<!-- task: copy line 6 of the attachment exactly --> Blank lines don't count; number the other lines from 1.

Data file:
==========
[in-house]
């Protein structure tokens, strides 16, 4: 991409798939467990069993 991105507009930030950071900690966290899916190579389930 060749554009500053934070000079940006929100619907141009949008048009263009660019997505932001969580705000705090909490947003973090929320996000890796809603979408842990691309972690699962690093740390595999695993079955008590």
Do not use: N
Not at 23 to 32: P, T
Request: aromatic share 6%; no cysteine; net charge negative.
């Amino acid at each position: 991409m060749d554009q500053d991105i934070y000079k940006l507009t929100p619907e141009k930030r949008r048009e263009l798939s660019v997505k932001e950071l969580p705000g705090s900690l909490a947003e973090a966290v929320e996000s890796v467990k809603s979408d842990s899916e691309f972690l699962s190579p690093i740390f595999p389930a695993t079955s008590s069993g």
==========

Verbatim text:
């Amino acid at each position: 991409m060749d554009q500053d991105i934070y000079k940006l507009t929100p619907e141009k930030r949008r048009e263009l798939s660019v997505k932001e950071l969580p705000g705090s900690l909490a947003e973090a966290v929320e996000s890796v467990k809603s979408d842990s899916e691309f972690l699962s190579p690093i740390f595999p389930a695993t079955s008590s069993g």